Defense Minister Ehud Barak told Austrian President Heinz Fischer on Monday that he is 'undeterred' by the possibility of launching a military operation in Gaza, but added that he was in no rush to order such a move.
"If the lull (in Gaza) will be maintained, it will be reciprocated, but if it is violated we will act accordingly and when we see fit," he said.
Earlier, Housing and Construction Minister Ze'ev Boim (Kadima) called for launching a broad operation in the Hamas-controlled enclave even before the ceasefire with the armed Palestinian groups expires on December 19.
"The truce was worse than a war and was exposed as a dangerous illusion during which Hamas not only continued to launch attacks on Israel but also armed itself and prepared for more terror attacks," he said.
"The only way to protect the residents of Sderot, the Gaza-vicinity communities and the rest of Israel is through such an operation – and we shouldn't wait for the last minute. Israel, not Hamas, should finally take the initiative."
However, National Infrastructure Minister Binyamin Ben-Eliezer of Labor supported his chairman's call for restraint, saying "nothing would contribute more to Barak's election campaign than to order four divisions to enter Gaza, but this would have catastrophic results for Israel. We saw what happened in Lebanon."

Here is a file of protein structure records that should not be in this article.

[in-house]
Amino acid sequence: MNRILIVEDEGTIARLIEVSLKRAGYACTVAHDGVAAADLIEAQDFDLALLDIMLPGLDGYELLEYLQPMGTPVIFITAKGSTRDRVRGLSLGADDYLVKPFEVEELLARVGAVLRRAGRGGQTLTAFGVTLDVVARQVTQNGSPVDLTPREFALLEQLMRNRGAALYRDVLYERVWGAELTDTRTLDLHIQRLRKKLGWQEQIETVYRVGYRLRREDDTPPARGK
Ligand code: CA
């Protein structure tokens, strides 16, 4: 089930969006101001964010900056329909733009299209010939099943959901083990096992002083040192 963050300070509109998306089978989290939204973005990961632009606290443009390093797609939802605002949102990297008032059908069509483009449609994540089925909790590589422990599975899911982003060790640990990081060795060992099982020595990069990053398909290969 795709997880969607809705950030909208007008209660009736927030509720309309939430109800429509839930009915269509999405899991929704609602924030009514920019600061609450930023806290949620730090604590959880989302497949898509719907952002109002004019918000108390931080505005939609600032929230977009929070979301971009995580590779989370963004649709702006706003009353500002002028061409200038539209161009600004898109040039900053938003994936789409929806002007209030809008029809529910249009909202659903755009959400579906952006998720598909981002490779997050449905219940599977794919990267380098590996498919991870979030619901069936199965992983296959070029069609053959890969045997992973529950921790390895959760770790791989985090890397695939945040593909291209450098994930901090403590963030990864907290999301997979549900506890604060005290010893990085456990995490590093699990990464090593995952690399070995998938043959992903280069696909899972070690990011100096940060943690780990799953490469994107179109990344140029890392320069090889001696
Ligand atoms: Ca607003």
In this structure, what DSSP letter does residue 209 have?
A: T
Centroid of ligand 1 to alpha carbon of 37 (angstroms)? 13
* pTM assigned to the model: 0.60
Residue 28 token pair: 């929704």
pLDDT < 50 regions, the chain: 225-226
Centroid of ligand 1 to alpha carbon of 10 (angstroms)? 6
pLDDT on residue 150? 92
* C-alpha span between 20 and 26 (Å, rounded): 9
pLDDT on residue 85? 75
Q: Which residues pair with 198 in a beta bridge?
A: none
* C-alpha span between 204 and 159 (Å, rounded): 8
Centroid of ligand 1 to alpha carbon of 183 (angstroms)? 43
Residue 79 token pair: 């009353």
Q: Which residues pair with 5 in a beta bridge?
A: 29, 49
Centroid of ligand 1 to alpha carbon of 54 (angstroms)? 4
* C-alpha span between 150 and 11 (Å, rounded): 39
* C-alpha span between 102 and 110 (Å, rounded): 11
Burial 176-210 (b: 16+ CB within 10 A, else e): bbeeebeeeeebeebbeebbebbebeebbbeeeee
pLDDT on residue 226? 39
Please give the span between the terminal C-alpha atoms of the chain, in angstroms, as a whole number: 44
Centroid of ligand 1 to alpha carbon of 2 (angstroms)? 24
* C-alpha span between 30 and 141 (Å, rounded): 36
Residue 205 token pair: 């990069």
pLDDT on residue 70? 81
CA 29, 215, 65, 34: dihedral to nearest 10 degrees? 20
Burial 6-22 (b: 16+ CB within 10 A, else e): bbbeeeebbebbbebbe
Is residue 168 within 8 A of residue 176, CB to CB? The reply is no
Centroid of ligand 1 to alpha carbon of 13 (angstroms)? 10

Ben-Eliezer further referred to the calls for an operation in Gaza as "cheap political ploys" and "campaign politics".
Barak and the Austrian minister also discussed the Iranian nuclear threat and Hizbullah. "Iran poses a threat to global stability and to the entire Middle East," the defense minister said during the meeting. "The countries of the free world must increase the economic sanctions against Iran in cooperation with Russian and China."